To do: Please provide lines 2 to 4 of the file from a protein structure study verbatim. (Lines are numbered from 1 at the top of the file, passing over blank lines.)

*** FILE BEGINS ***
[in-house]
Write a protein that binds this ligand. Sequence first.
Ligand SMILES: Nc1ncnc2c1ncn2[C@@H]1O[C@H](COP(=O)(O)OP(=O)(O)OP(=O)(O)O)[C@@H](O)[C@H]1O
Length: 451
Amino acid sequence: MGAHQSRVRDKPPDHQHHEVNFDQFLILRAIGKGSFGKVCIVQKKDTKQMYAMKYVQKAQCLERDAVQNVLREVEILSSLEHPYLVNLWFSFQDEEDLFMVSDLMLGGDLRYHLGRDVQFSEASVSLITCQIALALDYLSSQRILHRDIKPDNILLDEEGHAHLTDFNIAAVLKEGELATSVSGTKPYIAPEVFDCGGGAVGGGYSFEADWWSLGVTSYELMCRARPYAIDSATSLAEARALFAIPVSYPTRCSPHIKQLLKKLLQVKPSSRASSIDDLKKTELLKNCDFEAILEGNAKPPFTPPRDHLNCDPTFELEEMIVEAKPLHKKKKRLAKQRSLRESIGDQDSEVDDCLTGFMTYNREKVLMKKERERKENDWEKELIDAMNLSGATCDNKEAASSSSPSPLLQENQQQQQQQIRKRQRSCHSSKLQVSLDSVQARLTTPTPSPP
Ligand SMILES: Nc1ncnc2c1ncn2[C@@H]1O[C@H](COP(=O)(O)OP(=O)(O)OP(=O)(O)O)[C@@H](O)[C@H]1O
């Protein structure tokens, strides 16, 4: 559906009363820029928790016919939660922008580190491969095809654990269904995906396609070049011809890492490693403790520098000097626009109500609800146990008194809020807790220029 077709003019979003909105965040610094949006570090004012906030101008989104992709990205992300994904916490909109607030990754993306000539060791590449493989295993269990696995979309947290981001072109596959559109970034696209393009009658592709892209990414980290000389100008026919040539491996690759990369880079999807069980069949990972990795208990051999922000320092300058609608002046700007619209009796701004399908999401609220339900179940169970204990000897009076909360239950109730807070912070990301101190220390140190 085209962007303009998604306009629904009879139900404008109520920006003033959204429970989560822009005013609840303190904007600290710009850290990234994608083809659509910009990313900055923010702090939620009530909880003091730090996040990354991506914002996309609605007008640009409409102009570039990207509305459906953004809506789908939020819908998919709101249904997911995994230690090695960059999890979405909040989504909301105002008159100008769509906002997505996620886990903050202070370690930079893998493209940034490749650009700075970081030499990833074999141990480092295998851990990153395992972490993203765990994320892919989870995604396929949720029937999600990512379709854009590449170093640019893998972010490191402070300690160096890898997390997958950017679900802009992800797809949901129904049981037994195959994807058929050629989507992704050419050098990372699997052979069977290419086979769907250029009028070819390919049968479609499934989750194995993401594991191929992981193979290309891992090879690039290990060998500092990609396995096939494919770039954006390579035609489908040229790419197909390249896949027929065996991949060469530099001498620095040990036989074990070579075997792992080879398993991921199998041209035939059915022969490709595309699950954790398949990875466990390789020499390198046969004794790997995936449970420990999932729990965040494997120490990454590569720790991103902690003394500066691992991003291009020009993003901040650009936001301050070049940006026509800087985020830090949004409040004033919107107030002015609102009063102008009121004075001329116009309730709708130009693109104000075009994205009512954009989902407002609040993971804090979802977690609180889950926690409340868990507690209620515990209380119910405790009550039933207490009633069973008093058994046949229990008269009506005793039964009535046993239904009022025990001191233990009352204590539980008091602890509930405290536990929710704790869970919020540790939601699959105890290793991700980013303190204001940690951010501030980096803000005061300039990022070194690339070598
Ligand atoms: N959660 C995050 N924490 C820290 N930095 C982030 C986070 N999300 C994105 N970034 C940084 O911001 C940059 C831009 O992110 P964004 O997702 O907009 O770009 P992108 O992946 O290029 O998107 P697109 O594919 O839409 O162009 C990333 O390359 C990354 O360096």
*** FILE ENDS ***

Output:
Write a protein that binds this ligand. Sequence first.
Ligand SMILES: Nc1ncnc2c1ncn2[C@@H]1O[C@H](COP(=O)(O)OP(=O)(O)OP(=O)(O)O)[C@@H](O)[C@H]1O
Length: 451